Clearly, parsing everything that happened in New York at the UN General Assembly (UNGA) was at the top of the agenda for Iran observers this week. There were far too many analyses of the events of this momentous week to list here, but we’ll give you a sampling. In the Guardian, Saeed Kamali Dehghan wrote that Rouhani’s UNGA address was carefully crafted to tread the middle ground, moving forward in a more diplomatic tone while avoiding incurring the wrath of influential hardliners at home. In an interview with CFR, Mohsen Milani expressed optimism about upcoming nuclear talks due to the conciliatory tone of the two presidents’ UN speeches. Somini Sengupta of the New York Times wrote of the mixed reactions to Rouhani’s speech and interviews in New York, and how they are no surprise given the contradictions inherent in the man himself. Anne Gearan in the Washington Post wrote that while it was clear Rouhani was striving for a new tone, his substance was often not significantly different from that of his predecessor; the Boston Globe also argued that the situation called for the diplomatic push to be tested cautiously by the United States.
Rouhani’s remarks didn’t play as well among the Israeli leadership, of course, and Ron Kampeas of JTA examines the Netanyahu government’s arguments against the Iranian push for diplomacy. Rather, according to Israeli Home Front Defense Minister Gilad Erdan in the Jerusalem Post, now is a time to actually increase sanctions. (That said, there was some effort to balance the narrative in Israel, as Tamar Eilam Gindin wrote a quick overview of the diverse Iranian music scene for Haaretz that, while scratching the surface, is a great start for the uninitiated.)
Moving from the speeches to words with the potential for concrete actions, Scott Peterson of the Christian Science Monitor reported on the historic meeting of Secretary of State John Kerry and his Iranian counterpart Mohammad Javad Zarif on the sidelines of P5+1 discussions at UNGA, with optimism for the next round of negotiations, set for Geneva in mid-October. However, Greg Thielmann and Kelsey Davenport remind us in Roll Call that progress in negotiations may be for naught if Congress torpedoes a deal by refusing to offer up sanctions relief.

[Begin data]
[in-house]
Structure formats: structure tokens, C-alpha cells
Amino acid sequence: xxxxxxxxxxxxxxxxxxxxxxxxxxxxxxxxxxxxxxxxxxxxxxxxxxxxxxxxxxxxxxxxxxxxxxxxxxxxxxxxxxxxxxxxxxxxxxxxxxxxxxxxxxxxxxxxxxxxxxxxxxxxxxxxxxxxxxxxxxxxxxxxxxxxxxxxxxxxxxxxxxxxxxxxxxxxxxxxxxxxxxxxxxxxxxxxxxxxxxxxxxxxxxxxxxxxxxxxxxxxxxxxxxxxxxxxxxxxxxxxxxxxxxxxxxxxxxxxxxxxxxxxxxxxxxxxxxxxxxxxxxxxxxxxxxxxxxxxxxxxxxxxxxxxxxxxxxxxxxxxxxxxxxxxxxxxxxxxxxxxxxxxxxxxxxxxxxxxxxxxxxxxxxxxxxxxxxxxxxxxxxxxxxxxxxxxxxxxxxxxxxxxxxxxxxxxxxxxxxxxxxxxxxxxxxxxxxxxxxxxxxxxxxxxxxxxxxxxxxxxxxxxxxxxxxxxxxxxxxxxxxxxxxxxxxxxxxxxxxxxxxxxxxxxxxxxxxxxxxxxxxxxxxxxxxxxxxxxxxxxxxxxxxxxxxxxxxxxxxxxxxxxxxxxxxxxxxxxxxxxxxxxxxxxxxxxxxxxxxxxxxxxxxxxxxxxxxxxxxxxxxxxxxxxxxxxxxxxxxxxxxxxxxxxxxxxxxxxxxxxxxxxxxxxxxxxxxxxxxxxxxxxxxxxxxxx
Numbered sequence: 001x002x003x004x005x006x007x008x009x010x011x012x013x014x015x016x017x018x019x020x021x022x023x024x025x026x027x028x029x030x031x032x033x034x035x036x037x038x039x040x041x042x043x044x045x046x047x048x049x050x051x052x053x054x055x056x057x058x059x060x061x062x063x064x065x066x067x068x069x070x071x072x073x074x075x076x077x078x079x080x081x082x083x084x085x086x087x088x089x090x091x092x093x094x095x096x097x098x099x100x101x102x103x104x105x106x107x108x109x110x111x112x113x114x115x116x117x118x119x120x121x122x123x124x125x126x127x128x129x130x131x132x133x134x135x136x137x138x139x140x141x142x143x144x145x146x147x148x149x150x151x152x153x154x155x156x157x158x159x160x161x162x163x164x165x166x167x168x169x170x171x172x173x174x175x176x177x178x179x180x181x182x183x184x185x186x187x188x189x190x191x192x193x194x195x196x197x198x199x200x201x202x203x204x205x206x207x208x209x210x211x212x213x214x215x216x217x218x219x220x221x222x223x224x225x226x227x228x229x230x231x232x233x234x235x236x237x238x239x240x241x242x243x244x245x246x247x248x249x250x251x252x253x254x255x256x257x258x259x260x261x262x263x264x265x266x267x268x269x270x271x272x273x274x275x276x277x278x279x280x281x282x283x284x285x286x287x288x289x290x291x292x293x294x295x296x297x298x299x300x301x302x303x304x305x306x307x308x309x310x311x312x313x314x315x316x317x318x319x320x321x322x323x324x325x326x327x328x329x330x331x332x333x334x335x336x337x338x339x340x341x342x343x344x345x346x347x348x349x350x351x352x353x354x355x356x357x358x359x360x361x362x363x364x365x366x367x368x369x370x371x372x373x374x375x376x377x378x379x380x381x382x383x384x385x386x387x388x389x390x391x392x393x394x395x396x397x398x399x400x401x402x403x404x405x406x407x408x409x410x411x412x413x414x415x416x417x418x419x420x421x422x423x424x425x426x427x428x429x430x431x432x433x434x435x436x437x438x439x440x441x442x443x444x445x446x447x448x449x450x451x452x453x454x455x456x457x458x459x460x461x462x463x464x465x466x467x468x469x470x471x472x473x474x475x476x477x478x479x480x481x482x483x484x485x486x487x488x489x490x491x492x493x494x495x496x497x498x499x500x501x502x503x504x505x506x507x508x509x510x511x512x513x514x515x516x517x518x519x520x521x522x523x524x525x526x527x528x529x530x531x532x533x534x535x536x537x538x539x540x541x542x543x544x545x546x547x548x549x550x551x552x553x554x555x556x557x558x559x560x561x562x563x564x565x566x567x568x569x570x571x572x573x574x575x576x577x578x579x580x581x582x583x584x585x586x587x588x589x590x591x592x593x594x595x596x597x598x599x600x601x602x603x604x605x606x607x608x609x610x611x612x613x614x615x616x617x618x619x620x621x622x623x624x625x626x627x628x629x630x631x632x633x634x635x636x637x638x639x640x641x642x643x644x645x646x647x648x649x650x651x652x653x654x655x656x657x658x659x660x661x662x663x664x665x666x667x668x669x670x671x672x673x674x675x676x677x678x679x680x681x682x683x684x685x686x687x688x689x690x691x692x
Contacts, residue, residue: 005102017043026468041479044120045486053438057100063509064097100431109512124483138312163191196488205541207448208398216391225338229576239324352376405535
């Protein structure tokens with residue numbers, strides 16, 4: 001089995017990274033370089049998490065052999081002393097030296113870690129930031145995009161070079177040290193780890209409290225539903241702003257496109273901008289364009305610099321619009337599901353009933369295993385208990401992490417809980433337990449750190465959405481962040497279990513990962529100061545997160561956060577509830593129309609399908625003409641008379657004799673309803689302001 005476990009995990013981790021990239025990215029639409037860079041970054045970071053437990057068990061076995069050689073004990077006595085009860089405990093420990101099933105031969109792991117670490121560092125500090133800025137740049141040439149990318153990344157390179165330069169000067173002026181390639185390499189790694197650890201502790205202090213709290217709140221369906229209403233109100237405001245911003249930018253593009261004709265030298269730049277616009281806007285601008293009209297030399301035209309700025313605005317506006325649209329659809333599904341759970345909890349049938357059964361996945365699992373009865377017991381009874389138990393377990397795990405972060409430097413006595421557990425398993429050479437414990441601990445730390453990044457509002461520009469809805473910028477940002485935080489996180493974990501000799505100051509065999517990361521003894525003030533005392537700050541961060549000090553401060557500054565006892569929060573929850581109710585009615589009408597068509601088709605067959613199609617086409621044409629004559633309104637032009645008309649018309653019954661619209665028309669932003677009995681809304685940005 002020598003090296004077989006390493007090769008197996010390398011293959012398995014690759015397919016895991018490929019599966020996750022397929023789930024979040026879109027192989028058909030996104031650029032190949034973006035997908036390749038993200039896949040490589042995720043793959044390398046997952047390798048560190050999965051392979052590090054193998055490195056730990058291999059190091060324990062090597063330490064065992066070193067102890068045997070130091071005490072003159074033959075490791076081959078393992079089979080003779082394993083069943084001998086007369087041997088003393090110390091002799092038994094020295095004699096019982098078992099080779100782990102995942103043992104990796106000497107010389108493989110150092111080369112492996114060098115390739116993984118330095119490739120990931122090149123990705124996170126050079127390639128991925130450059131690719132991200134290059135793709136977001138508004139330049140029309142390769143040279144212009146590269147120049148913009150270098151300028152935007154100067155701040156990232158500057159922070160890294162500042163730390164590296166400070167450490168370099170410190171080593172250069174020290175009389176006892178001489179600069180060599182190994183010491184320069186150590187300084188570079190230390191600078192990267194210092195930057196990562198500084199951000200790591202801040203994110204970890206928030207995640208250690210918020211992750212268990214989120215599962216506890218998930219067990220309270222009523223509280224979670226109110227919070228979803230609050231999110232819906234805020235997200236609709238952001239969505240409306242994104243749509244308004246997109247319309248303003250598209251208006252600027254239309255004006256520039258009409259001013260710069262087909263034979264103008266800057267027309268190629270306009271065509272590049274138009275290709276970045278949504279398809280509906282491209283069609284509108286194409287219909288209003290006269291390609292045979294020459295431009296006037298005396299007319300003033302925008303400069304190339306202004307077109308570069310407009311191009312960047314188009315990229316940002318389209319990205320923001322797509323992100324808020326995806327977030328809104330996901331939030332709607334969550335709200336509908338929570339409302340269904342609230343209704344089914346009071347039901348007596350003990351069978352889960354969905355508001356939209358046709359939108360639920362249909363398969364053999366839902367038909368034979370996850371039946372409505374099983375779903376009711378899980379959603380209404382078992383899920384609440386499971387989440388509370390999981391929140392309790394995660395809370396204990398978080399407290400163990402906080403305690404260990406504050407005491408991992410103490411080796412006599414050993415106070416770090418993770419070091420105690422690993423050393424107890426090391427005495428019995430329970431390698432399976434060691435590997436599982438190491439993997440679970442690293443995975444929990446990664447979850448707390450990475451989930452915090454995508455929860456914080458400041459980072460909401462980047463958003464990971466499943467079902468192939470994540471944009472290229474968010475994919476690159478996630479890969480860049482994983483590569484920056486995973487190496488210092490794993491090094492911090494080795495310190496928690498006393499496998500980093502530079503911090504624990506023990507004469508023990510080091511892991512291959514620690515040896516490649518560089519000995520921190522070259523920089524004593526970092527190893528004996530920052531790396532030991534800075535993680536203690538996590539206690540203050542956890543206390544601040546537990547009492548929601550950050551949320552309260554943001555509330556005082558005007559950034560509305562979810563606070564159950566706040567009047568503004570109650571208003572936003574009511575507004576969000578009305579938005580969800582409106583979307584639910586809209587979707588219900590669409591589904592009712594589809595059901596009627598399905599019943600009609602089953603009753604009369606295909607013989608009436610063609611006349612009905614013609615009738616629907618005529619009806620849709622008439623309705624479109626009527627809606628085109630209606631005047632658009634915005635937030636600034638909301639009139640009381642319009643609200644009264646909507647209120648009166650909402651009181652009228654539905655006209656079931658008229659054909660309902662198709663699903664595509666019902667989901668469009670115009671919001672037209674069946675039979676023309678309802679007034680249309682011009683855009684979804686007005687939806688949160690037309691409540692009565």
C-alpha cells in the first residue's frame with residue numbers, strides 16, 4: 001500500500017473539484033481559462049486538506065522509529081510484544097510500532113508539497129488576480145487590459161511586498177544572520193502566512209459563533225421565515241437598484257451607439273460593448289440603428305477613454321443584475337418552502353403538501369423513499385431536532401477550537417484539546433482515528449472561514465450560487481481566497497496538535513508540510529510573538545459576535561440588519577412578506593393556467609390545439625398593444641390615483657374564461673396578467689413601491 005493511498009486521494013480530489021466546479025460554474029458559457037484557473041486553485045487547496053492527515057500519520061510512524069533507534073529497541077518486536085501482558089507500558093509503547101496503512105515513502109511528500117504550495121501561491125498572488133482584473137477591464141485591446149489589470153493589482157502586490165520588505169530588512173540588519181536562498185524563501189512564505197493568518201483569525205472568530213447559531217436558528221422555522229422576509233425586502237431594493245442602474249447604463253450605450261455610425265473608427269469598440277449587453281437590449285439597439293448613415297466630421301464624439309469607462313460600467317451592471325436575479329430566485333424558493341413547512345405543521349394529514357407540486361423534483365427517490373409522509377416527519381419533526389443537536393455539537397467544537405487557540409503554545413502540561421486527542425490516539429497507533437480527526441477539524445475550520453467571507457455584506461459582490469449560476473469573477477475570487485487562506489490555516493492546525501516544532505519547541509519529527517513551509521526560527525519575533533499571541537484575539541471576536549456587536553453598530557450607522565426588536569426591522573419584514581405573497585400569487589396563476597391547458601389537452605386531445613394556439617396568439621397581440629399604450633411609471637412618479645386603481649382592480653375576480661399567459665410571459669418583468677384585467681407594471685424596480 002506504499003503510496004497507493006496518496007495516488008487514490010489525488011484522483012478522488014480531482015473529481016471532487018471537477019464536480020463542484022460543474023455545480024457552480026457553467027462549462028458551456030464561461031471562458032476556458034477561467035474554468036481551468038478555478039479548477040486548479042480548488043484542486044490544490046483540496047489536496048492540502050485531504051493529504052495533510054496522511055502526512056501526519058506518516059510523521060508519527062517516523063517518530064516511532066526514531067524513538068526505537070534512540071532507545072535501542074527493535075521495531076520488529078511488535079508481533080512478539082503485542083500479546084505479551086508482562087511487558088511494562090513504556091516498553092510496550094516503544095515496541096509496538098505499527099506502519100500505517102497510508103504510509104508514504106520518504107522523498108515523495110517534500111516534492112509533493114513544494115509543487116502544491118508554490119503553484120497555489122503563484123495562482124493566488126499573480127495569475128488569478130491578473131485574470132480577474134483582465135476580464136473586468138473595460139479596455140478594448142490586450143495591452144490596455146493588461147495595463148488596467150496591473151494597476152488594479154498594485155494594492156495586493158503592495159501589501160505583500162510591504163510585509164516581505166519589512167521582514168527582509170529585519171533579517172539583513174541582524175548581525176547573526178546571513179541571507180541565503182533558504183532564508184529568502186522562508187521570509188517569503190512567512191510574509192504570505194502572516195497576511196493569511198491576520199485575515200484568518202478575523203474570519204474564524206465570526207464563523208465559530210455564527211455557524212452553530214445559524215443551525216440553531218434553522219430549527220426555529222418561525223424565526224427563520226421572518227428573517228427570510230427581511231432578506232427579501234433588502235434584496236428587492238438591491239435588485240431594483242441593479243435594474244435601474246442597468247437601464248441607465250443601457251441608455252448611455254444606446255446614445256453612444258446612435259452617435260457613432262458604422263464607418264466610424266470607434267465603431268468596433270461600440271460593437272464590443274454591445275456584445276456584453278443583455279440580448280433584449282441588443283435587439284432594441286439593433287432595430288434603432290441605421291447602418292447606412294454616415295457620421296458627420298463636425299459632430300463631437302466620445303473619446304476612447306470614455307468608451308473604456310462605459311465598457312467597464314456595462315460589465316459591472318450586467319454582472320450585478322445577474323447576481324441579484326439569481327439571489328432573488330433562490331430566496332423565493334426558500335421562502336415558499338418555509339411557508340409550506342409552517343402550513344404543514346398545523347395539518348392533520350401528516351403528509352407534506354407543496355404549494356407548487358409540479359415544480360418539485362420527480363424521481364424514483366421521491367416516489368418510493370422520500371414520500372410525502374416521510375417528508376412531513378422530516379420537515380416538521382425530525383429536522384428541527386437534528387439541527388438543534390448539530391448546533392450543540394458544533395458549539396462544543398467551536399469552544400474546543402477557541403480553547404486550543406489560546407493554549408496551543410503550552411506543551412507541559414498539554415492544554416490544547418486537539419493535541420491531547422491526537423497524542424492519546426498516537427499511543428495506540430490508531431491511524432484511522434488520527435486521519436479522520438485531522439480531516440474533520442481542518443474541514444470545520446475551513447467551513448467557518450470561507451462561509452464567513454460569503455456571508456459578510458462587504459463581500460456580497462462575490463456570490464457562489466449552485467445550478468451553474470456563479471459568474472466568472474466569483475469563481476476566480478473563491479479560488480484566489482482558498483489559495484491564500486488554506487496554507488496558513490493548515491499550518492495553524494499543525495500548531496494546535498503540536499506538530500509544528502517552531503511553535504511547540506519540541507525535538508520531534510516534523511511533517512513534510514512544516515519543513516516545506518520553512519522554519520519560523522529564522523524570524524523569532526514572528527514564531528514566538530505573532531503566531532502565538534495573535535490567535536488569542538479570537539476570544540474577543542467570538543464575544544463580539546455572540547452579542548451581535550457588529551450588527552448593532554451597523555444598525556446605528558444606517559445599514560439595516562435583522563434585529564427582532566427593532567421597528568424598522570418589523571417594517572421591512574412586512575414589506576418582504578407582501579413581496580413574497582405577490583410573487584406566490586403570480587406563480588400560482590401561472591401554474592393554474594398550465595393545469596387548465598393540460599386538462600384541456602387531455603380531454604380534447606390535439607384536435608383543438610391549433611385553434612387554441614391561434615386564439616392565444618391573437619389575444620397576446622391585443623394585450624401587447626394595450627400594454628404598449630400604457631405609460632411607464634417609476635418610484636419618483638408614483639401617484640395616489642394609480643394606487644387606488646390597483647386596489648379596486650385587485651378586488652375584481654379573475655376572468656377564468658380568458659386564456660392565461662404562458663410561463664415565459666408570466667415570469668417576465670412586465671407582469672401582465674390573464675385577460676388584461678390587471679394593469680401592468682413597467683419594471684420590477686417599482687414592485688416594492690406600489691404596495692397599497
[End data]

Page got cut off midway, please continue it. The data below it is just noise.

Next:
As could be expected due to the high level of scrutiny, there was more than just analysis of the remarks – there was also analysis of the analysis. In the New York Times, Thomas Erdbrink looked at the battles in the media over the interpretation of the words of President Rouhani, examining the ideology and influence of outlets like Kayhan and Fars News Agency, run by hardliners, which seek to put a conservative gloss on his statements.
This week also saw an attention-grabbing profile of Qods Force Commander Qassem Suleimani in the New Yorker by Dexter Filkins, which was well received by many (though received some Twitter critiques for lacking Iranian sources). (And if you’re interested in Suleimani’s take on Obama’s UNGA speech, Fars News can tell you in Persian that he saw the president’s statement that America isn’t seeking regime change in Iran as an admission of failure rather than an assurance.)
And at press time, the breaking news, in case you haven’t seen it: President Obama says he spoke with President Rouhani by phone, the first direct contact between the two nations’ presidents since the 1979 Islamic Revolution. More on that in the coming days, no doubt.
Enjoy the reads and the weekend!
If you’re going to blow up the JCPOA, the prospects for conflict are higher, period...It’s a difficult adjustment and it does require some really hard discussions.
Civil society plays a vital role in countering terrorism, particularly in societies where there are acute sectarian cleavages. In Bahrain, the more the Shia community can rely on civil society organisations to address its needs and policy challenges, the less daylight Iran will have to mobilise the Shia population instead.